L.A. NOW

Southern California -- this just in

« Previous Post | L.A. NOW Home | Next Post »

Students to protest budget cuts at California universities

March 1, 2012 |  7:38 am

Campus protest
Marches, teach-ins and protests are expected Thursday on the campuses of California public universities as part of a national push to denounce tuition increases, class cuts and other budget issues.

Rallies are scheduled to be held at Cal State campuses in San Bernardino, Los Angeles, Long Beach, Dominguez Hills and Fullerton and at UCLA and other University of California campuses. Most are allied with the Occupy movement.

At Cal State L.A., students planned to walk out of classes and occupy the campus bookstore to protest a proposed $80-per-quarter campus fee hike that would be used to pay the salaries of newly hired academic advisors.

Fullerton students are planning an art fair to address free-speech issues on campus. At UCLA, teach-ins about students’ rights are scheduled and at UC Santa Cruz, Occupiers threaten to block vehicle traffic at campus entrances.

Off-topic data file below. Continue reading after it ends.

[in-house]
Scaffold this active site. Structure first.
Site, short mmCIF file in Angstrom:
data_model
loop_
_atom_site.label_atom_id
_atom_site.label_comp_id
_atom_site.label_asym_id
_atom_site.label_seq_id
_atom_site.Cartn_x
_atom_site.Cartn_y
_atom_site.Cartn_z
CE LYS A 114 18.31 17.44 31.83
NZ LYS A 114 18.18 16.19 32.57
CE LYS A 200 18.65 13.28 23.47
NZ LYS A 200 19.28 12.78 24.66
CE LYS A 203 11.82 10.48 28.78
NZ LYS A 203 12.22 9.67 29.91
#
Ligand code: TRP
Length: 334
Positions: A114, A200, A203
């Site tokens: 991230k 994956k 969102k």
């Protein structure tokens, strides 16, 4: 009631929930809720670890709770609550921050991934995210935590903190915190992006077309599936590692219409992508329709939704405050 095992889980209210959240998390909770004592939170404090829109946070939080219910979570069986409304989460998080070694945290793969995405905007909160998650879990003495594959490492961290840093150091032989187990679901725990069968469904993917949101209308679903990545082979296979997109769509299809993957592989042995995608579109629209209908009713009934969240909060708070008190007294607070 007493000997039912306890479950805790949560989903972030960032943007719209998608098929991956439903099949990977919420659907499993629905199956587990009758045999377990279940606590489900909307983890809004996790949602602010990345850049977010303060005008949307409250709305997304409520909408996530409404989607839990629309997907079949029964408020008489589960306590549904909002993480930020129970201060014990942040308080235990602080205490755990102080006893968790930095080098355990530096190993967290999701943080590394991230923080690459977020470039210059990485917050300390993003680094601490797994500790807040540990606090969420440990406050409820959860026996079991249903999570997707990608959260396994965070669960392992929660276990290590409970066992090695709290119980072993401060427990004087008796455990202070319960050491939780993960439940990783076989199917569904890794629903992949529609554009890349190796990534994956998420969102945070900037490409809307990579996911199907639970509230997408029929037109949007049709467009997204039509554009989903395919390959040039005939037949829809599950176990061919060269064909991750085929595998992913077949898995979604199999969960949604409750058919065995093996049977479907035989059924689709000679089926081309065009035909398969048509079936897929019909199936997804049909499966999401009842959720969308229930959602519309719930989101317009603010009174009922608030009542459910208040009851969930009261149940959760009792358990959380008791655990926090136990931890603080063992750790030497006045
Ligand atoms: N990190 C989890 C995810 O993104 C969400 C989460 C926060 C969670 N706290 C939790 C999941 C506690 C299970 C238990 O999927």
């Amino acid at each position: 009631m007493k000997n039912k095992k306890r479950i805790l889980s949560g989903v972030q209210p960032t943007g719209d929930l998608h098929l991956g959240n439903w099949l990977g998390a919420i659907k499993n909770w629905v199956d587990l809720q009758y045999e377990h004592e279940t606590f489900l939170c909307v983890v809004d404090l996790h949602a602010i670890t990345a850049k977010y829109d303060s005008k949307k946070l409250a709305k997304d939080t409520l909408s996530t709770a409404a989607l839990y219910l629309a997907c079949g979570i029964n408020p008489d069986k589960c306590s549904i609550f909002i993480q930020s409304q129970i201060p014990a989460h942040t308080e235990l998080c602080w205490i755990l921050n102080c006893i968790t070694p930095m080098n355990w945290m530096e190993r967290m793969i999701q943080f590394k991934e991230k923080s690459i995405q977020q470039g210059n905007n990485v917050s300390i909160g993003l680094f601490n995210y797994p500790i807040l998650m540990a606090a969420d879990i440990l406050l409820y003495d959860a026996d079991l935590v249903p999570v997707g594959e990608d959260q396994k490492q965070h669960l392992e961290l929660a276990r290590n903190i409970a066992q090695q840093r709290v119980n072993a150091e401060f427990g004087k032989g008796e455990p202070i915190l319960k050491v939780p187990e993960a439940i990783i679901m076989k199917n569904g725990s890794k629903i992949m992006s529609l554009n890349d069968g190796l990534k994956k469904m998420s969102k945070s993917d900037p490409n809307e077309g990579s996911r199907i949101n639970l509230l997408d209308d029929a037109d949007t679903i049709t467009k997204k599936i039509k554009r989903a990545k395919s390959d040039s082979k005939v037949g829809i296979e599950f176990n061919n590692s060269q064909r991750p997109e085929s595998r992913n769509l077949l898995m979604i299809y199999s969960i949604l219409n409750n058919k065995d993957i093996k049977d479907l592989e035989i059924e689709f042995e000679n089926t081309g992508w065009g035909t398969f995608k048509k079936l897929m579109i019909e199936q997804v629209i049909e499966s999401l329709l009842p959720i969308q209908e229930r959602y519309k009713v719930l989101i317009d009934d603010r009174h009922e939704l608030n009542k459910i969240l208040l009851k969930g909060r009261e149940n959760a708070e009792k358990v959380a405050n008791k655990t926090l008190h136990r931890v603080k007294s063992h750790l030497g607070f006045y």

The California State University and University of California systems each lost $750 million in state funding in the 2011-12 academic year and more cuts are threatened.

Elsewhere, students in Boston plan to rally at Dewey Square and hundreds in New York City are expected to gather at the Department of Education in Manhattan and march to Ft. Green Park in Brooklyn for a rally.

Protests are also scheduled at campuses in Minnesota, Florida, Illinois and Washington state.
On Monday, thousands of students and faculty are expected to descend on California’s state Capitol for a daylong Occupy Education rally.

ALSO:

Andrew Breitbart dead in Los Angeles at 43

Human remains found in Lancaster puzzle homicide detectives

$52,000 in cocaine, meth found after stop of unlicensed driver

-- Carla Rivera and Larry Gordon

Photo: Students protest in November outside a UC Board of Regents meeting at UCLA for greater funding of public education. Credit: Luis Sinco / Los Angeles Times.

Comments 

Advertisement










Video